This interpretation resembles that of Loughran and Vijh (1997), which notes that studies of aggregate long-term wealth gains to shareholders, following acquisitions, should examine returns accumulated over the combined event and post-event period.
Brav et al. (2015) do a robustness test matching on the pre-activism trend in performance, but whether the paper’s other analyses would survive matching on the pre-activism trend in performance is unclear. Further, the matched-analyses robustness test pools both surviving and acquired firms, so whether operating improvements exist for surviving firms alone is unclear.
We rely on the Equilar data when possible, because Equilar provides broader coverage than ExecuComp. We do not use ExecuComp for director information, because its director coverage only begins in 2006. Because Equilar data are only available starting in 2001, we use ExecuComp as the source of CEO data prior to 2001 and Equilar after 2001.
Because some of the targets are not covered in either the ExecuComp or Equilar databases, the sample size to calculate the median board turnover percentage is less than the maximum sample size of 1964.
Because many targets are very small firms, we make one addititional adjustment from Daniel et al. (1997). Specifically, we do not require the portfolio firms to have two years of Compustat data prior to portoflio formation.
Throughout this paper, “similar” results mean significant test coefficients remain significant at 10% and insignificant test coefficients remain insignificant.
As discussed in section 2.2, matching procedures that do not include any measure of pre-event performance are misspecified. Thus, for brevity, we do not investigate results using matching procedures from past papers that do not include any measure of performance, such as those matching on size and BTM.
Observing no improvement in within-firm ΔROA for the activist targets reduces concerns that activist interventions improve ROA for both target and control firms (e.g., due to spillover effects), in which case, comparing ΔROA for target firms to ΔROA for control firms mitigates the effects we are investigating.
Some tests of Brav et al. (2008) and Bebchuk et al. (2015) find a positive but insignificant change in operating performance in the first year or two after the activist intervention, whereas we find a positive and significant change in all years. This difference may arise from differences in sample size, because the aforementioned papers have sample periods ending in 2007.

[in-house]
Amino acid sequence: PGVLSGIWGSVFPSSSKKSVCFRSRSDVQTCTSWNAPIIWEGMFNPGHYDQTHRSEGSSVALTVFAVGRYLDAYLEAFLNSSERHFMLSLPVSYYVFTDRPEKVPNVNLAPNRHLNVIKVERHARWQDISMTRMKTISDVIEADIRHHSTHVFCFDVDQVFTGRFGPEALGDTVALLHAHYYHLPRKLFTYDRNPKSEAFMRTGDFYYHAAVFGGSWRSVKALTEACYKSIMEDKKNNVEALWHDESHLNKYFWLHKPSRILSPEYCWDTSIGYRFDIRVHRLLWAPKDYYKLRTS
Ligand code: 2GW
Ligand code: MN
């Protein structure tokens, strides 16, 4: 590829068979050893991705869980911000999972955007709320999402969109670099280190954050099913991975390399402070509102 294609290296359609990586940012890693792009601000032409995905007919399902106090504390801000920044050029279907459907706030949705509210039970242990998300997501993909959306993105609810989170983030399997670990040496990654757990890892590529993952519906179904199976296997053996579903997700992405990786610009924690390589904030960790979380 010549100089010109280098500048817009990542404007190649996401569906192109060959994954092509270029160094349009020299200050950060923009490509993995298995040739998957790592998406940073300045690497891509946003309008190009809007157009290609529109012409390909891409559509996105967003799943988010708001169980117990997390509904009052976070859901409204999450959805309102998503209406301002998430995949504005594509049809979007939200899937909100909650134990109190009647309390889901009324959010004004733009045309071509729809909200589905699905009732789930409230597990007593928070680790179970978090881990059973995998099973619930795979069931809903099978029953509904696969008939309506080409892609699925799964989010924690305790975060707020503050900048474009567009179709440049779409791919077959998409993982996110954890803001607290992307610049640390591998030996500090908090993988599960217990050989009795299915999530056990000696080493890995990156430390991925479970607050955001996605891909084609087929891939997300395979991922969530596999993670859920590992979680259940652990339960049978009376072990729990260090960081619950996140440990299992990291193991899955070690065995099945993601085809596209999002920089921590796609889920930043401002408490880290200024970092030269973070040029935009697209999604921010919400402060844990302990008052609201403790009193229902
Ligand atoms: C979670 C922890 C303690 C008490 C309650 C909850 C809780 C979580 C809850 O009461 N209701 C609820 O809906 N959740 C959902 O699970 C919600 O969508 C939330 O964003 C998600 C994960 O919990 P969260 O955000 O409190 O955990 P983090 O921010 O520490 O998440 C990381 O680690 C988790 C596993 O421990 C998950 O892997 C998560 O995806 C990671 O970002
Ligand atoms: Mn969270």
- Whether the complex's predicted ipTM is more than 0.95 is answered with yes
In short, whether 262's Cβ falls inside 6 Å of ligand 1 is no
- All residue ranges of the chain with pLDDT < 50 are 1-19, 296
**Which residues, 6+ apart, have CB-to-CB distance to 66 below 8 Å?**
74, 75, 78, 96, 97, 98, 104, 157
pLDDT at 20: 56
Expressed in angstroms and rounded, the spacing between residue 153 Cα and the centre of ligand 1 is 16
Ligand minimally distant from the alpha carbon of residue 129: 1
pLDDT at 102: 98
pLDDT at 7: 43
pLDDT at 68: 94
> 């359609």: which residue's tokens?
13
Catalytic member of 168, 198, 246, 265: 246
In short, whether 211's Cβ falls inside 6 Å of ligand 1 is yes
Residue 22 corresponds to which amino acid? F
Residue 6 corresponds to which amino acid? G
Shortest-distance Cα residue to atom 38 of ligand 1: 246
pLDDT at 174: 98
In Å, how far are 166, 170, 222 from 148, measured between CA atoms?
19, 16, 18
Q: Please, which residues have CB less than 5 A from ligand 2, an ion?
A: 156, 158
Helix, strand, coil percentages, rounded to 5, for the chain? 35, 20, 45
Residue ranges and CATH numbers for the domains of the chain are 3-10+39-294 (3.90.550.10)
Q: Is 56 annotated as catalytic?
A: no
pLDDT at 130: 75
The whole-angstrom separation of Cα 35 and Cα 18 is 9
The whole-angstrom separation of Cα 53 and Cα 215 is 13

The fact that we cannot find adequate matches for 288 target firms highlights the unusual nature of firms that are subject to activist interventions, and indicates the matched samples used in prior studies are potentially unlikely to have covariate balance. In untabulated analysis, the 288 firms that could not be matched tended to be smaller, with mean assets of $489 million, and more extreme values of ROA, with an average value of −0.052. Dropping these firms explains why the target firms’ mean ROA increases from 0.045 in Table 4 to 0.071 in Table 5.
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We thank Ian Gow, Jon Karpoff, and Eric So for helpful advice and Alon Brav for kindly sharing data on hedge fund activism. We gratefully acknowledge the support of the Stanford Rock Center for Corporate Governance, the Centers & Initiatives for Research, Curriculum and Learning Experiences (CIRCLE), the University of Washington’s Foster School of Business, the FMC Faculty Research Fund, and the University of Chicago’s Booth School of Business.
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deHaan, E., Larcker, D. & McClure, C. Long-term economic consequences of hedge fund activist interventions. Rev Account Stud 24, 536–569 (2019). https://doi.org/10.1007/s11142-019-9480-8
- Hedge fund activists
- Long-term economic value of activism